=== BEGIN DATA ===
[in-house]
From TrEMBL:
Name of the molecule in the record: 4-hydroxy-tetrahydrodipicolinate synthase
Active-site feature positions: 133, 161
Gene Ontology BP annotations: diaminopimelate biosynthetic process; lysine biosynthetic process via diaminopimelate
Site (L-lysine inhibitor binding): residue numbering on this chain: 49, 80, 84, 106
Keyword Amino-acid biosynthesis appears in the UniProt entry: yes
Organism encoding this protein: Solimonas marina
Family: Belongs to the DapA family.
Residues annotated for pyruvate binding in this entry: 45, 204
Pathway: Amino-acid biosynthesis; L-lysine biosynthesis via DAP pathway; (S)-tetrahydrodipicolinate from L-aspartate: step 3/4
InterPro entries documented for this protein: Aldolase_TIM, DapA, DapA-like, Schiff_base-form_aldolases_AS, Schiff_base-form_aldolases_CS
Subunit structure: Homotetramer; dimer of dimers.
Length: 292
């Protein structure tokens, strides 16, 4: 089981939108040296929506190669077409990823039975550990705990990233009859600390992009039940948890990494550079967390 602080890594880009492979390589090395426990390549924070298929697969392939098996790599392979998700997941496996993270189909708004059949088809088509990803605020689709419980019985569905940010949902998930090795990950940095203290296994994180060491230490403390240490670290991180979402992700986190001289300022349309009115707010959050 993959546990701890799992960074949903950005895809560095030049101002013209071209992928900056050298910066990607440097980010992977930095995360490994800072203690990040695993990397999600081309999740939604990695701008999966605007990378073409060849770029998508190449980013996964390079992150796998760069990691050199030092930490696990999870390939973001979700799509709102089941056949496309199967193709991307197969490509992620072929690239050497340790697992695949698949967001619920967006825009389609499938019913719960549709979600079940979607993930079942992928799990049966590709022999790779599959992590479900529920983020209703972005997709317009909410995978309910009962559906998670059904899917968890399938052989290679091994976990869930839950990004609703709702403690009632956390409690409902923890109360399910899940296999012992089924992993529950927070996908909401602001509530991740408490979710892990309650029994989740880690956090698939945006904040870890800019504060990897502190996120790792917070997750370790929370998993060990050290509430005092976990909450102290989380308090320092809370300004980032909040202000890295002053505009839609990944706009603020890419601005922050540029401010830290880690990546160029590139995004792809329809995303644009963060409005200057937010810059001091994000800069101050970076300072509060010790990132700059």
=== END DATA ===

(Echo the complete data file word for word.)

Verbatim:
[in-house]
From TrEMBL:
Name of the molecule in the record: 4-hydroxy-tetrahydrodipicolinate synthase
Active-site feature positions: 133, 161
Gene Ontology BP annotations: diaminopimelate biosynthetic process; lysine biosynthetic process via diaminopimelate
Site (L-lysine inhibitor binding): residue numbering on this chain: 49, 80, 84, 106
Keyword Amino-acid biosynthesis appears in the UniProt entry: yes
Organism encoding this protein: Solimonas marina
Family: Belongs to the DapA family.
Residues annotated for pyruvate binding in this entry: 45, 204
Pathway: Amino-acid biosynthesis; L-lysine biosynthesis via DAP pathway; (S)-tetrahydrodipicolinate from L-aspartate: step 3/4
InterPro entries documented for this protein: Aldolase_TIM, DapA, DapA-like, Schiff_base-form_aldolases_AS, Schiff_base-form_aldolases_CS
Subunit structure: Homotetramer; dimer of dimers.
Length: 292
């Protein structure tokens, strides 16, 4: 089981939108040296929506190669077409990823039975550990705990990233009859600390992009039940948890990494550079967390 602080890594880009492979390589090395426990390549924070298929697969392939098996790599392979998700997941496996993270189909708004059949088809088509990803605020689709419980019985569905940010949902998930090795990950940095203290296994994180060491230490403390240490670290991180979402992700986190001289300022349309009115707010959050 993959546990701890799992960074949903950005895809560095030049101002013209071209992928900056050298910066990607440097980010992977930095995360490994800072203690990040695993990397999600081309999740939604990695701008999966605007990378073409060849770029998508190449980013996964390079992150796998760069990691050199030092930490696990999870390939973001979700799509709102089941056949496309199967193709991307197969490509992620072929690239050497340790697992695949698949967001619920967006825009389609499938019913719960549709979600079940979607993930079942992928799990049966590709022999790779599959992590479900529920983020209703972005997709317009909410995978309910009962559906998670059904899917968890399938052989290679091994976990869930839950990004609703709702403690009632956390409690409902923890109360399910899940296999012992089924992993529950927070996908909401602001509530991740408490979710892990309650029994989740880690956090698939945006904040870890800019504060990897502190996120790792917070997750370790929370998993060990050290509430005092976990909450102290989380308090320092809370300004980032909040202000890295002053505009839609990944706009603020890419601005922050540029401010830290880690990546160029590139995004792809329809995303644009963060409005200057937010810059001091994000800069101050970076300072509060010790990132700059």